What is Upper Tract Urothelial Carcinoma (UTUC)?

Upper Tract Urothelial Carcinoma, or UTUC, is urothelial cancer that occurs in the renal pelvis or ureter(s). Approximately 5-7 % of urothelial cancer can occur in the inner lining of the kidney, called the calyx and renal pelvis. It could also occur in one or both of the ureter(s), a tubes that leads from each of your kidneys to the bladder. 

Video: What is UTUC?

What are the signs of UTUC?

In addition to the other regular signs of bladder cancer, individuals with UTUC may also experience flank pain (discomfort, or pain in the part of the body below the rib). This can occur because the tumor or bleeding may obstruct or block the ureter or kidney.

Some people have no signs or symptoms of UTUC. Their doctor finds the tumors when looking for other health problems during radiology tests or scans.

How is UTUC diagnosed?

Diagnosing and correctly staging UTUC can be difficult. Doctors can usually get just a very small amount of tissue for a biopsy. Some medical professionals also rely upon urine tests (cytology) to look for cancer cells. Others do genetic testing on the urine itself if cytology is not conclusive.

What are the types of upper tract urothelial carcinoma?

  • Non-invasive: more than half the people have this type, where the cancer remains in the urothelial cells that line the renal pelvis or ureters.
  • Invasive: the rest have this type, where the cancer has grown beyond those urothelial cells. Or it may have spread to other parts of the body.

Just as with bladder cancer, UTUC tumors can be low grade or high grade. The grade of the UTUC is important to know as you and your doctor choose the best treatment for your cancer. The grade of the tumor is determined by a pathologist who examines the cells under a microscope. Doctors may also use imaging studies to help them stage UTUC. In low grade UTUC, the tumors are typically noninvasive and are less aggressive. High grade UTUC can be more aggressive. It may spread to other parts of your urinary tract, or to other parts of your body. Ask your doctor to explain the details about your diagnosis and pathology report.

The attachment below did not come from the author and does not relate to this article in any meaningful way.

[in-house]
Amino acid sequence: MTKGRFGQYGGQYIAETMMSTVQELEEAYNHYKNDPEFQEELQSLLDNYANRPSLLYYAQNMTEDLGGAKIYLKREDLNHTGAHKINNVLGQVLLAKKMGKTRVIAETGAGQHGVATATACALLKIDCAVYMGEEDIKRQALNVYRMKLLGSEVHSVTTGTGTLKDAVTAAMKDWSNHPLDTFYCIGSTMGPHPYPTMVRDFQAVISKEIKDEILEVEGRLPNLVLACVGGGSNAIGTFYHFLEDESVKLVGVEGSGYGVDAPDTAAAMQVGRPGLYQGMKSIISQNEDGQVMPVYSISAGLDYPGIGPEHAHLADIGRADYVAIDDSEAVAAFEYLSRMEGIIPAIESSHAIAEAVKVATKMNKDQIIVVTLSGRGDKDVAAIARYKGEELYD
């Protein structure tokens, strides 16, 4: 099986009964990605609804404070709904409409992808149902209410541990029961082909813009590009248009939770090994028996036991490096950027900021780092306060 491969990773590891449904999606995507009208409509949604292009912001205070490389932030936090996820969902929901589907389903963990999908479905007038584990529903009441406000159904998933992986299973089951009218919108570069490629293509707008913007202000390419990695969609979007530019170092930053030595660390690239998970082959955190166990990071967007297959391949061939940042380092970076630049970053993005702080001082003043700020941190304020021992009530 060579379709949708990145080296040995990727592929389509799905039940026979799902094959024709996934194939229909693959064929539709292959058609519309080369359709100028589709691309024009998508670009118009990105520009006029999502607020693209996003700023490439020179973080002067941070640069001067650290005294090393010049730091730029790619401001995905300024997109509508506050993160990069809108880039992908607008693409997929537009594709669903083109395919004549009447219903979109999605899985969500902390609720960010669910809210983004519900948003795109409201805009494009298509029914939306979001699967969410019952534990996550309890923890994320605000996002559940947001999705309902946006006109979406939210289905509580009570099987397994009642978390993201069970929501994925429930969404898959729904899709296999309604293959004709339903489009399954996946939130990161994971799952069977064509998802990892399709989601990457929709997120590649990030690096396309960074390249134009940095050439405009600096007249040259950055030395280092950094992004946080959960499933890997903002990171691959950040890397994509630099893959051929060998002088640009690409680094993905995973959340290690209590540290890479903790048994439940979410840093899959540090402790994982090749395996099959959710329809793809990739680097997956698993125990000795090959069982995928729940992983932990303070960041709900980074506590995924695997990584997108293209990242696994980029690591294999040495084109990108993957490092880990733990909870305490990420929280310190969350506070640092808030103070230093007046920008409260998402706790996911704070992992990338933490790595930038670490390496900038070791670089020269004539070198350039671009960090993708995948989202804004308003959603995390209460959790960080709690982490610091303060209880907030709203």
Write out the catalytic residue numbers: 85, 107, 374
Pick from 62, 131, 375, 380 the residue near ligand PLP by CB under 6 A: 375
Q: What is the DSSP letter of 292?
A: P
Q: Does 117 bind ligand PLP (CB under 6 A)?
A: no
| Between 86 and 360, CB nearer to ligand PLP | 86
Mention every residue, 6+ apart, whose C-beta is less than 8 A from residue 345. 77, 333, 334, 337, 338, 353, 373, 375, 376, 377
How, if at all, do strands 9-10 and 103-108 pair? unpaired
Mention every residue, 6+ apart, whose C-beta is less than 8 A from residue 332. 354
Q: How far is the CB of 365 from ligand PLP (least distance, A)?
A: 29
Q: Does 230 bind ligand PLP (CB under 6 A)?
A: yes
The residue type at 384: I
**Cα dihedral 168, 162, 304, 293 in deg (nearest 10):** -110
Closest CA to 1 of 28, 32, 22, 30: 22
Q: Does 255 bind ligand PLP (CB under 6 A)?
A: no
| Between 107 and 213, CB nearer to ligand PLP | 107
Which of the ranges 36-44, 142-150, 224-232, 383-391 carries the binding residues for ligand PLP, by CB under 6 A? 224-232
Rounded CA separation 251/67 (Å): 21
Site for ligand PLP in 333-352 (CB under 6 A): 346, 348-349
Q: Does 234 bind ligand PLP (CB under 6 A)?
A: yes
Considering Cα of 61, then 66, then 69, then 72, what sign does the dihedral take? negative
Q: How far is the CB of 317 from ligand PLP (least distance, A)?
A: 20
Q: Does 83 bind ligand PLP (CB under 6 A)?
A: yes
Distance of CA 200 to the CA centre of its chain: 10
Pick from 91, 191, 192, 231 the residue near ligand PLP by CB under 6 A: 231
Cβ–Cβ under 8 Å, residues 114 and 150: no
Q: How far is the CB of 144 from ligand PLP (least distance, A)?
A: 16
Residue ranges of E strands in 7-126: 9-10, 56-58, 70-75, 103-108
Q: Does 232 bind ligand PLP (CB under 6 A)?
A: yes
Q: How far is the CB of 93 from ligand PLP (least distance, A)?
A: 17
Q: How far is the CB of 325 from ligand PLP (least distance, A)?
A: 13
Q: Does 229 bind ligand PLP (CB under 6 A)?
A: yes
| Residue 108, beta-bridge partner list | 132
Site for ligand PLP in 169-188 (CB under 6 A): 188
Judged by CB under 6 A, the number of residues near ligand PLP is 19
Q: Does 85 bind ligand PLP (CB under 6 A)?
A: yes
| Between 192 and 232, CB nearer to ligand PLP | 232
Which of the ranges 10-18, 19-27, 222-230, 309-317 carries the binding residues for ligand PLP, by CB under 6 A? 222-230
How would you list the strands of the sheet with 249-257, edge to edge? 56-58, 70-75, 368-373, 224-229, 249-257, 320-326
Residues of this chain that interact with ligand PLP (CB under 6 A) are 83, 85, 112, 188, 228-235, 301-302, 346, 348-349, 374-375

Understanding your UTUC combined with your overall health, will help your doctor recommend the best treatment options for your cancer.  

How is UTUC treated?

The stage and grade of the UTUC will determine the treatments available. Treatment options for UTUC include intracavitary (in the lining where the tumor is) and systemic (throughout your body) medications. Surgery can remove the area where a tumor is located (a partial nephrectomy) or the entire kidney and ureter (a radical nephroureterectomy or RNU, for high grade disease). Chemotherapy, immunotherapy and targeted therapies can also be used to treat UTUC that has spread beyond the urothelial lining in the upper tract. If you are diagnosed with UTUC, speak with your doctor about your best treatment options. 

Visit our treatment comparison tool to learn more about UTUC treatment options.

What age does upper tract urothelial carcinoma occur?

The average age at diagnosis is 73.

Where can I get more information about upper tract urothelial carcinoma?

BCAN has additional video-based explanations about upper tract urothelial carcinoma.

BCAN offers a webinar about UTUC. MD Anderson Cancer Center urologist Dr. Surena Matin, and medical oncologist Dr. Matthew Campbell and urologist Dr. Kate Murray from University of Missouri Medical Center, hosted a webinar, Understanding Upper Tract Urothelial Carcinoma (UTUC). They discussed how UTUC is similar and different from other forms of bladder cancer in its diagnosis and treatment options.

For more information about upper tract urothelial carcinoma, we invite you to watch our webinar, “Exploring Upper Tract Urothelial Carcinoma.” The webinar is moderated by urologist Dr. Gary Steinberg and the panelists include Dr. Ahmad Shabsigh from the Ohio State University, Dr. Alon Weizer from the University of Michigan, Dr. Seth Lerner from Baylor College of Medicine, Dr. Jennifer Linehan from the John Wayne Cancer Institute, Dr. Surena Matin from MD Anderson Cancer Center, and Dr. Monty Pal from City of Hope.

In the Treatment Talk | Upper Tract Urothelial Carcinoma, Medical Oncologist Dr. Jeannie Hoffman-Censits and urologist Dr. Nirmish Singla from the Greenberg Bladder Cancer Institute at Johns Hopkins University, along with patient advocates Tony and Christina discuss the ways in which high and low grade UTUC are treated.